Contra Costa County:
The area served by the Mt. Diablo Audubon Society is most of Contra Costa County, one of
the eight counties in the San Francisco Bay region. The northwest corner of Contra Coast
County touches San Francisco Bay and stretches eastward into the Sacramento-San Joaquin Delta
and Central Valley of California. The heart of our county and our MDAS chapter is the
great, 3849-foot peak of Mt. Diablo itself.
The County has over 50,000 acres of federal wildlife areas, state, regional, and local parks,
preserves, and shorelines. At the annual Christmas Bird Count, MDAS members observe at least 150
bird species in a 24-hour period. Over 650 species of animals and plants have been identified in the
Contra Costa offers a paradise for birders, hikers, families, and outdoor enthusiasts.
Within our area are grasslands, woods, wetlands, canyons, and rivers.
Like much of California, our beloved Contra Costa is increasingly urbanized with
just over 1 million people people living in Contra Costa. Suburban development threatens wilderness
habitat all over the County. MDAS works with other environmental and conservation organizations to preserve and
protect the ecological diversity of Contra Costa.
MDAS Community Involvement:
Heather Farm Habitat Restoration Task Force
As Walnut Creek has grown and park space becomes a premium, much discussion
has arisen over the use of park lands within the city. The City
Council has requested the Park, Recreation and Open Space Commission
to develop a new Master Plan for Heather Farm Park. A Task Force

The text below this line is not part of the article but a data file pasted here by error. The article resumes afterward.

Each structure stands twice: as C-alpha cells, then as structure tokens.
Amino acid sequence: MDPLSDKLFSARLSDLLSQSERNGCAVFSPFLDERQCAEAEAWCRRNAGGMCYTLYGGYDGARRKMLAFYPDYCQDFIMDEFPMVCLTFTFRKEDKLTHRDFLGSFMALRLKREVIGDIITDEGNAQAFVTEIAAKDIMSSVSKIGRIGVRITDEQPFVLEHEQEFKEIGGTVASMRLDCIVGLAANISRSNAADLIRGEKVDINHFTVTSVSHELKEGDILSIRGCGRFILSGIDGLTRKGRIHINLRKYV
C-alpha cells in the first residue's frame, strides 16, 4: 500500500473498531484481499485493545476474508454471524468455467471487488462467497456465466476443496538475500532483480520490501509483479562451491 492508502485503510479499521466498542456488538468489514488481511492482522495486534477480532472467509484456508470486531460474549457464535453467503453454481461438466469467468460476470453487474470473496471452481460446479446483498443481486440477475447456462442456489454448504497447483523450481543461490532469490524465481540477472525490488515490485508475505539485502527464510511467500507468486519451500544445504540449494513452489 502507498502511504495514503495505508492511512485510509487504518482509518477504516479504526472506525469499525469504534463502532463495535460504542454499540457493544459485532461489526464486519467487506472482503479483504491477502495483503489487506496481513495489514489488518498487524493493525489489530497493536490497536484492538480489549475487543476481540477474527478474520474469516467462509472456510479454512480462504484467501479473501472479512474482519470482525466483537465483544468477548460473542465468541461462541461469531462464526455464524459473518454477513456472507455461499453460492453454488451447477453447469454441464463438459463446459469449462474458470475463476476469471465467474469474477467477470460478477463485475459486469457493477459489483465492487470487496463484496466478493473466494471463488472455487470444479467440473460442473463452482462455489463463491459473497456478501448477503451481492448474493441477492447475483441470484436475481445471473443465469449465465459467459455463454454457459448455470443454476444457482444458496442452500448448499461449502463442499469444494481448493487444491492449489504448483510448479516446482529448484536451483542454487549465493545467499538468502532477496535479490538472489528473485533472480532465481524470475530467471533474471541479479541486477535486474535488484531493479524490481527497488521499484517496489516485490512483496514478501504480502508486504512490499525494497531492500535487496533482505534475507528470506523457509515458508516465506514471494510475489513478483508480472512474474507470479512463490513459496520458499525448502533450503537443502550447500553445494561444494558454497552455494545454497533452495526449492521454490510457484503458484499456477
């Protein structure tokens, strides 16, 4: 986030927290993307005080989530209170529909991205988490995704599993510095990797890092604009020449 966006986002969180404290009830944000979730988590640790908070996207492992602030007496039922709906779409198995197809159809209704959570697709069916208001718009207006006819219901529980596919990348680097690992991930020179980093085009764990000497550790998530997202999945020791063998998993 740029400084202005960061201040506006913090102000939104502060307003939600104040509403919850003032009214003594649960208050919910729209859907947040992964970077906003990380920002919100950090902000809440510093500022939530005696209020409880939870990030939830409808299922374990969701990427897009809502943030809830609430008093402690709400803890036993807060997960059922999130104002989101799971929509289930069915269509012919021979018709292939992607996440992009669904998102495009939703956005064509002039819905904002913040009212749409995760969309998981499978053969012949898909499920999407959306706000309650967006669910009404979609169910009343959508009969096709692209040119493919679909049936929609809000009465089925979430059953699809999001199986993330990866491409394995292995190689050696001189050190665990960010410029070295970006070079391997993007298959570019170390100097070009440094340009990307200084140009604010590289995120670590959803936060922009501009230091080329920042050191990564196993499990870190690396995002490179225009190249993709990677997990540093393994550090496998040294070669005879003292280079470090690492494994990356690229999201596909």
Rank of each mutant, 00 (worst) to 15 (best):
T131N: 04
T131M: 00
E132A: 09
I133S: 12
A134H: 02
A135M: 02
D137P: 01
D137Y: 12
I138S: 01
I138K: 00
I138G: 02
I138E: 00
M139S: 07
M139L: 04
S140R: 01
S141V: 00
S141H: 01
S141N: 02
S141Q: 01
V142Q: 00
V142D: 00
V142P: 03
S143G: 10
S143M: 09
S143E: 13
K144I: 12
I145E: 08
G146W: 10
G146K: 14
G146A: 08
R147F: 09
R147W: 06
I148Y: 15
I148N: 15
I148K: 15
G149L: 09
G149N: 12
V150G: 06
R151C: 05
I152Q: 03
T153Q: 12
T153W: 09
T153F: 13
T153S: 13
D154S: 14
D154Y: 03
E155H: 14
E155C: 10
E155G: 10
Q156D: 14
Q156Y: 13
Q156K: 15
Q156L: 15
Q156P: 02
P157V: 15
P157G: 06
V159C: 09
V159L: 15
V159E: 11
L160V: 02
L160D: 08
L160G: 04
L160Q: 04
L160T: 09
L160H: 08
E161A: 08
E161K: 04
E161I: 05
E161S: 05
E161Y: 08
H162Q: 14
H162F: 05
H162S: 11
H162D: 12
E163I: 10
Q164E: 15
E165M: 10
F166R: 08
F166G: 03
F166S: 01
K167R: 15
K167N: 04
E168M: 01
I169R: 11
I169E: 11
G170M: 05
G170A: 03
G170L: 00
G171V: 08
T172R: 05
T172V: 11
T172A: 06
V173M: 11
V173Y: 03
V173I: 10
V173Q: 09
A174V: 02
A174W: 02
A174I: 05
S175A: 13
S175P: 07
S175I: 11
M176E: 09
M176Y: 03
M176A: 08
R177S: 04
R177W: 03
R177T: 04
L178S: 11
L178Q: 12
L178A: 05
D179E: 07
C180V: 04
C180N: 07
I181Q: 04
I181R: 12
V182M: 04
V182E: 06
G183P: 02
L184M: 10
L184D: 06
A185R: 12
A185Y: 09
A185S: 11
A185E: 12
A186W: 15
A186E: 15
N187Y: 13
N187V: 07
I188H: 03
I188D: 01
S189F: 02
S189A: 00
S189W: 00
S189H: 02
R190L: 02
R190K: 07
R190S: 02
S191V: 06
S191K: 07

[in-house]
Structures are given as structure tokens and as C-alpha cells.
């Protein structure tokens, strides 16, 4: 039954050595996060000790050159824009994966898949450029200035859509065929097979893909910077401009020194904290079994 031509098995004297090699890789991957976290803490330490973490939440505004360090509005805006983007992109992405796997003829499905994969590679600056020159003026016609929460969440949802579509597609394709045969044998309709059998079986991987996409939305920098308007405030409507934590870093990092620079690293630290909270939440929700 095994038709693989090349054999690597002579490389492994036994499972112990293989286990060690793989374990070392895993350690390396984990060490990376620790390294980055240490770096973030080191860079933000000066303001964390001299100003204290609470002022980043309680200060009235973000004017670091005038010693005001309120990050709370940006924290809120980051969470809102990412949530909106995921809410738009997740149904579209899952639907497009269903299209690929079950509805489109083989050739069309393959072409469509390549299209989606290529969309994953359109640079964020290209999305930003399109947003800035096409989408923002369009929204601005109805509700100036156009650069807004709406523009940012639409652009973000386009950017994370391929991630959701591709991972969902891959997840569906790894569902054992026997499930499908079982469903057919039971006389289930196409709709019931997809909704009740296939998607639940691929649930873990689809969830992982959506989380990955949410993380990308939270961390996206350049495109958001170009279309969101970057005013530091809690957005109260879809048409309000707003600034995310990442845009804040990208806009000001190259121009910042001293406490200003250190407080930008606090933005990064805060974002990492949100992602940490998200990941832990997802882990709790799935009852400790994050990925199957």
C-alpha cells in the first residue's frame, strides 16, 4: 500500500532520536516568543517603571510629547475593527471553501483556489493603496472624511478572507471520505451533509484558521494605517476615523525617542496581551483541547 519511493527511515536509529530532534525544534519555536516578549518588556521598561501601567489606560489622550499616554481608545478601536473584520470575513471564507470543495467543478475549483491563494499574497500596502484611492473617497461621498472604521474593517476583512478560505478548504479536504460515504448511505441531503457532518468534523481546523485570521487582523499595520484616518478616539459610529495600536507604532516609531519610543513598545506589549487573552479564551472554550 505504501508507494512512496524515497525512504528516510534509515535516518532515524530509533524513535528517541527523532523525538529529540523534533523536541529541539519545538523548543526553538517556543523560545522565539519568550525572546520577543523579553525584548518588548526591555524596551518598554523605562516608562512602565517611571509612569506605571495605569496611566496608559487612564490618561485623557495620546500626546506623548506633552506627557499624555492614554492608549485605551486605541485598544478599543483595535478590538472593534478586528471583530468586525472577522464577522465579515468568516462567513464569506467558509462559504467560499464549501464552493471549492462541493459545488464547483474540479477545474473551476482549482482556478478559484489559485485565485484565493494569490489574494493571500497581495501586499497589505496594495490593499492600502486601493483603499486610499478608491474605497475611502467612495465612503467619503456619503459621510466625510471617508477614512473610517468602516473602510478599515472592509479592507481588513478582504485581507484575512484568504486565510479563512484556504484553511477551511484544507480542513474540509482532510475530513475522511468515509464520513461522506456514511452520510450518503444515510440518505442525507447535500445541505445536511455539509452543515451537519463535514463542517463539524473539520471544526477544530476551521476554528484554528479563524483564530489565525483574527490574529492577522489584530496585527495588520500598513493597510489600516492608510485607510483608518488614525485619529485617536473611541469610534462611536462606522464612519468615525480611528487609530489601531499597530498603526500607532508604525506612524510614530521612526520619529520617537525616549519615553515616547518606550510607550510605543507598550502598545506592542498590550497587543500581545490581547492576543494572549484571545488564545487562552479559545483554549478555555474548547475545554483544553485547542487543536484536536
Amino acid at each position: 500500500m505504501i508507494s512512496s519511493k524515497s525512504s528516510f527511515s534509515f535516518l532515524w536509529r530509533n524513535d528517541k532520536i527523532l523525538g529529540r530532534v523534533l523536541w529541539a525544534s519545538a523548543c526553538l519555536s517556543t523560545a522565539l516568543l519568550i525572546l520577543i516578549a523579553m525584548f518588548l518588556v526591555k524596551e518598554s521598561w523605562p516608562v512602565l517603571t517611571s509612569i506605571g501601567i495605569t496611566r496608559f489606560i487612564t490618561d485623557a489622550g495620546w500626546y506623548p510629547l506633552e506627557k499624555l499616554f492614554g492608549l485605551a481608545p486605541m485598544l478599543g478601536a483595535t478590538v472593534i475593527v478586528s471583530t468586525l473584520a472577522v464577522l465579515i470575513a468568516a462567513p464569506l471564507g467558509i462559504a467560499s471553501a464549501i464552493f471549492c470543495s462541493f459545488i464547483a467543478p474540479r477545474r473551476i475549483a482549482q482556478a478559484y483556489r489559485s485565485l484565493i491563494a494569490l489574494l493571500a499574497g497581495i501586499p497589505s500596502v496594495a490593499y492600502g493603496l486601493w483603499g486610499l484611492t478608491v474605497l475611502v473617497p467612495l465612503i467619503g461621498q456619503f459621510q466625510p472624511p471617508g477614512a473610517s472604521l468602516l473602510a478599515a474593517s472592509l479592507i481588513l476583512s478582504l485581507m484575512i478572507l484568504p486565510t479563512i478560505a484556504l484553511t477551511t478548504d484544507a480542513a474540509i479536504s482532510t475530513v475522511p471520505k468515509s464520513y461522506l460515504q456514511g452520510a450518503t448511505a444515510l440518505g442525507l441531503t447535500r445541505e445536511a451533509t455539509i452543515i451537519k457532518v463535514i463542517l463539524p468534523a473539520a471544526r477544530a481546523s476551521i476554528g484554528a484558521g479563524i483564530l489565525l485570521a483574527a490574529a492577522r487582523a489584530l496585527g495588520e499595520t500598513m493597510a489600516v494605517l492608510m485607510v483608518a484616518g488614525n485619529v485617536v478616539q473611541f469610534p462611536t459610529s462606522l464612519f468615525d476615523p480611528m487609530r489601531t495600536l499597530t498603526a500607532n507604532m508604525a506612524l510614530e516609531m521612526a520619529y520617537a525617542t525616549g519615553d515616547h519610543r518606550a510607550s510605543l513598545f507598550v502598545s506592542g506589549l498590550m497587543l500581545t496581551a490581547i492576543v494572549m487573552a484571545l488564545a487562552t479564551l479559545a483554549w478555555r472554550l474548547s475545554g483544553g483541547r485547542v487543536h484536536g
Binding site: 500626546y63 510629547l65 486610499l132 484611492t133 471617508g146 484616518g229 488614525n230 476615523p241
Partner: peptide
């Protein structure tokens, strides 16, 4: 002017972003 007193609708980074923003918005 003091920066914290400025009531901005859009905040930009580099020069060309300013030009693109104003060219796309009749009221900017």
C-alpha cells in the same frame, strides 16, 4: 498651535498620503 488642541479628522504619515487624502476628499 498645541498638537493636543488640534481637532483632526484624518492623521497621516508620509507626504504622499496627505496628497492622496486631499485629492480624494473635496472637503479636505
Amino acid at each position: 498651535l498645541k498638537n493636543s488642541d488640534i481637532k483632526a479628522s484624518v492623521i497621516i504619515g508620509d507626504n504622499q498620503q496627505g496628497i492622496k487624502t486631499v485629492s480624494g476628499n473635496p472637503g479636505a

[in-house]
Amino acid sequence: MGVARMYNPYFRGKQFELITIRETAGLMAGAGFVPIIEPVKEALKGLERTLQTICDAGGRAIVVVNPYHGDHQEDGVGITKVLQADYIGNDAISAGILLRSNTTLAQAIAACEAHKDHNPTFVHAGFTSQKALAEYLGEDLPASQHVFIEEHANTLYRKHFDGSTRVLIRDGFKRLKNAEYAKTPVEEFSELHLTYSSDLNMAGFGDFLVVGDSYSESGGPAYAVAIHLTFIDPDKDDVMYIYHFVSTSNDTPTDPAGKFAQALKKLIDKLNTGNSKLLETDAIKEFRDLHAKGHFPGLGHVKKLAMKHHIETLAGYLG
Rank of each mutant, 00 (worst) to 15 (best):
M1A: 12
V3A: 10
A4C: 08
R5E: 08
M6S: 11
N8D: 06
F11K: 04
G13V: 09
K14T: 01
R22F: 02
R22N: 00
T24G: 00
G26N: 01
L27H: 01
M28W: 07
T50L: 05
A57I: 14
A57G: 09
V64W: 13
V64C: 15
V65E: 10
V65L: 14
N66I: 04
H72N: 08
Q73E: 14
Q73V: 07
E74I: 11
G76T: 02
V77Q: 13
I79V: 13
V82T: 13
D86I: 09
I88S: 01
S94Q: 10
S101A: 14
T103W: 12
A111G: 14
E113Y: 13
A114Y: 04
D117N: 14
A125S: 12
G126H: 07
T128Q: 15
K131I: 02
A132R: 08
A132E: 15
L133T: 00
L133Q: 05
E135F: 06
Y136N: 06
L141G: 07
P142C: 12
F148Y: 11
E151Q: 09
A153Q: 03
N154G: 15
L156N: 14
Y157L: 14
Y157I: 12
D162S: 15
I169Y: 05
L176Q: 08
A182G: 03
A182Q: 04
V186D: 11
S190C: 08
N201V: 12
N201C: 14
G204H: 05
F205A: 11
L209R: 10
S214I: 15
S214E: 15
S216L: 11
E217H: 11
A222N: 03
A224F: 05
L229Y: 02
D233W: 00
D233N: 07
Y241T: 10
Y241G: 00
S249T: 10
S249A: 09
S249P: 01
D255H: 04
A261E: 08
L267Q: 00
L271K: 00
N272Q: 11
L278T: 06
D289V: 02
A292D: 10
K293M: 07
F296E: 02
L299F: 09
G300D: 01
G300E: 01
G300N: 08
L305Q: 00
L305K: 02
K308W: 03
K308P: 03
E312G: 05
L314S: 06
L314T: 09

was formed by PROS to study the possibilities and implementation
of the restoring of some of the undeveloped areas in the northern
parts of Heather Farm Park to a natural state. This is to be accomplished
by adding Habitat Restoration to the new Master Plan for the park.
Two members of MDAS, Rosita Harvey and Hugh Harvey, represent the Chapter on the Task Force.
Delta Science Center
The Delta Science Center is being developed on a 40-acre site in
the 1,648-acre Big Break Regional Shoreline in Oakley. The purpose
of the Center is to provide a site for people of all ages and backgrounds
to appreciate and become active stewards of the Bay-Delta ecosystem,
which is California's most important, and least understood resource.
The Center will offer access to an integrated program of Education,
Research, Restoration, and Recreation. Phase one construction is
now in the permit process. This phase will include construction
of an entry road, parking, utility extensions, restrooms, on-water
pier for wildlife observation, fishing, and mooring of floating
houseboats which will be custom designed as research and education
vessels. MDAS is represented on the Delta Science Center Board by